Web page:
Get a picture while you can.
In April, 2007, I wrote a post titled "Two Red Barns on Edwards Mill Road" that included morning and evening photos of a couple of old barns.
A couple of weeks ago, I decided to drive down Edwards Mill Road on my way home. I was shocked when I saw that both my red barns had fallen down, sometime during the winter. I don't know if they were bulldozed, or if a bad wind toppled them.
One day this week, I decided to photograph them in their fallen condition. I was too late. The farmer has burned them and bulldozed their remains into a couple of piles. In a year or two, there will be little to suggest that those barns ever existed.
I know they weren't important structures, but I liked them. I'm glad that I have a nice photo of them.
I didn't do so well with another old building. About a year ago, a large farm in our neighborhood was sold at auction. The property included an old white farmhouse with a big front porch. It had stood empty for a number of years.
I had been inside the house a couple of times. It had an old-time floor plan with a large central entrance hall. I'm sure it was well over 100 years old. I had always wondered if the house might be made of logs under the siding.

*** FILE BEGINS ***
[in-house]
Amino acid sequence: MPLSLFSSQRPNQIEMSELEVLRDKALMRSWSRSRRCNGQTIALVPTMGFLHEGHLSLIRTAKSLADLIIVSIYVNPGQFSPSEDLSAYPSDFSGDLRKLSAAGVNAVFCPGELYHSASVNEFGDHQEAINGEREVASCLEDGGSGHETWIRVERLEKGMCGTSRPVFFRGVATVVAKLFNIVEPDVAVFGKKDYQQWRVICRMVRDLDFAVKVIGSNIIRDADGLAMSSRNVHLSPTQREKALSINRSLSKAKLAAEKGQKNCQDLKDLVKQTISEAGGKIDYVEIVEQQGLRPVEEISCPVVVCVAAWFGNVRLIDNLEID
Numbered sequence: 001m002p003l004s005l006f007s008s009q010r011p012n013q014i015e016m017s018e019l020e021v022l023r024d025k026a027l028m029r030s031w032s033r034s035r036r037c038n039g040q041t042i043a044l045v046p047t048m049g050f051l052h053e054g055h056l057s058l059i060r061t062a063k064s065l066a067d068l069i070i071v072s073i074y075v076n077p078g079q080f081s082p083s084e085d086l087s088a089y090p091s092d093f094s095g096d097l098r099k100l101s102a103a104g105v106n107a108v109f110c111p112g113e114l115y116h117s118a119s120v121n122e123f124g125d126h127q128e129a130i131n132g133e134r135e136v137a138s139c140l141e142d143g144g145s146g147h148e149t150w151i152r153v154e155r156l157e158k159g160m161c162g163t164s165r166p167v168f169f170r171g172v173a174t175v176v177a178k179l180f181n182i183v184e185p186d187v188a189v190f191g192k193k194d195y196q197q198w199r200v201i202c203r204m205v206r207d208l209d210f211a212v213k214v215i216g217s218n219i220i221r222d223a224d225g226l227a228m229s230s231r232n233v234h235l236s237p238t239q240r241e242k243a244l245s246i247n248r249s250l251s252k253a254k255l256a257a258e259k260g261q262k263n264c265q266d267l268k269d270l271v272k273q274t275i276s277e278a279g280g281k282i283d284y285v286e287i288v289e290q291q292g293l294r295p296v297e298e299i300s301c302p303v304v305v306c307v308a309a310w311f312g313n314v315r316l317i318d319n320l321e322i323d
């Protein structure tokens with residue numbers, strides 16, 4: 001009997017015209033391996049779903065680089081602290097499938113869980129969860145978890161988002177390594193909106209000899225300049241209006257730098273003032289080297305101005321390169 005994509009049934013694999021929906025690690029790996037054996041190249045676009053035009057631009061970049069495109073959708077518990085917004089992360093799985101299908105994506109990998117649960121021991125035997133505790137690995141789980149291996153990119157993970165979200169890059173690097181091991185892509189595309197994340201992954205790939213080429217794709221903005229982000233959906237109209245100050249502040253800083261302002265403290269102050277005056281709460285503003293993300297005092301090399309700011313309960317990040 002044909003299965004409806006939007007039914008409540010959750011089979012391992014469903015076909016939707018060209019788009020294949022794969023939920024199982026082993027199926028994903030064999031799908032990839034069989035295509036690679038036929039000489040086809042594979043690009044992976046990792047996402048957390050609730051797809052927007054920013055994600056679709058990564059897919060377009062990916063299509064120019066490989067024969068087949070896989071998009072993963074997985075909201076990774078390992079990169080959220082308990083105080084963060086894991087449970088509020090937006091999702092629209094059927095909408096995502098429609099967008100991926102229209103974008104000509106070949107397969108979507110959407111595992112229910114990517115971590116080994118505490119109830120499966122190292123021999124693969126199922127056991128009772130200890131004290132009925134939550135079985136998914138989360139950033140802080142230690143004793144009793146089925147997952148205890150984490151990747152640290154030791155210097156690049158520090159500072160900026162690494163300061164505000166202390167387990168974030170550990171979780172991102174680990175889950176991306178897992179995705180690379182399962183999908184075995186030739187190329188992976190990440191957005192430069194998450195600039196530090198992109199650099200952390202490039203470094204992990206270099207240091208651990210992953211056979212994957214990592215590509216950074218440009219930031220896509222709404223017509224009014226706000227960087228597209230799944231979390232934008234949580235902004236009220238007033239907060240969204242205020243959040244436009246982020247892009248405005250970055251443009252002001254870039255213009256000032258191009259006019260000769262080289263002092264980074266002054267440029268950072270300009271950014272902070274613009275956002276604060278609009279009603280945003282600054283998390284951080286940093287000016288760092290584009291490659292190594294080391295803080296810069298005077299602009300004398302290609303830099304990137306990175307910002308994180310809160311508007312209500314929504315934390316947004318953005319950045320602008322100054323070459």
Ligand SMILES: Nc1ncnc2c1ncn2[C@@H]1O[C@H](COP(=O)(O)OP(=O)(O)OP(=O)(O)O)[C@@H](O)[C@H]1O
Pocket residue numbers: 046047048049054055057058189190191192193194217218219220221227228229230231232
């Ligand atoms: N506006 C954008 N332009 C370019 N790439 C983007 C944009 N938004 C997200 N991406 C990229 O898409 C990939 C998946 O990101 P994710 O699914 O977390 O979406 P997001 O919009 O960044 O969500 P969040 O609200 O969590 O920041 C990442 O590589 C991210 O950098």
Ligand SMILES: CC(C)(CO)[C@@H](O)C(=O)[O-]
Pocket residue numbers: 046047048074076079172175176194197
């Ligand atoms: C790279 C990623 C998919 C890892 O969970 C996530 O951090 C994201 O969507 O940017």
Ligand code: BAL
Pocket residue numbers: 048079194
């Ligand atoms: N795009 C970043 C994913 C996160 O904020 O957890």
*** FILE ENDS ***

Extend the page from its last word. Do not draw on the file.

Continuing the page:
One night several months ago, I came past that farm on my way home. I noticed the glow long before I knew what was burning. As I came closer, I saw that the old house was on fire. Flames were shooting through the roof. The whole area was illuminated. It was a frightful sight, but it appeared to be a planned burn. The owner was standing by with a bulldozer and a crew of helpers, and the fire department was nowhere in sight.
I wish I had a picture of that old house, but I don't. However, I did happen to find a 1930s photo of a Christian County, KY, house that is similar. Therewith, I must be content.
I hope I've learned my lesson now. This is not the first old building that I should have photographed, but didn't!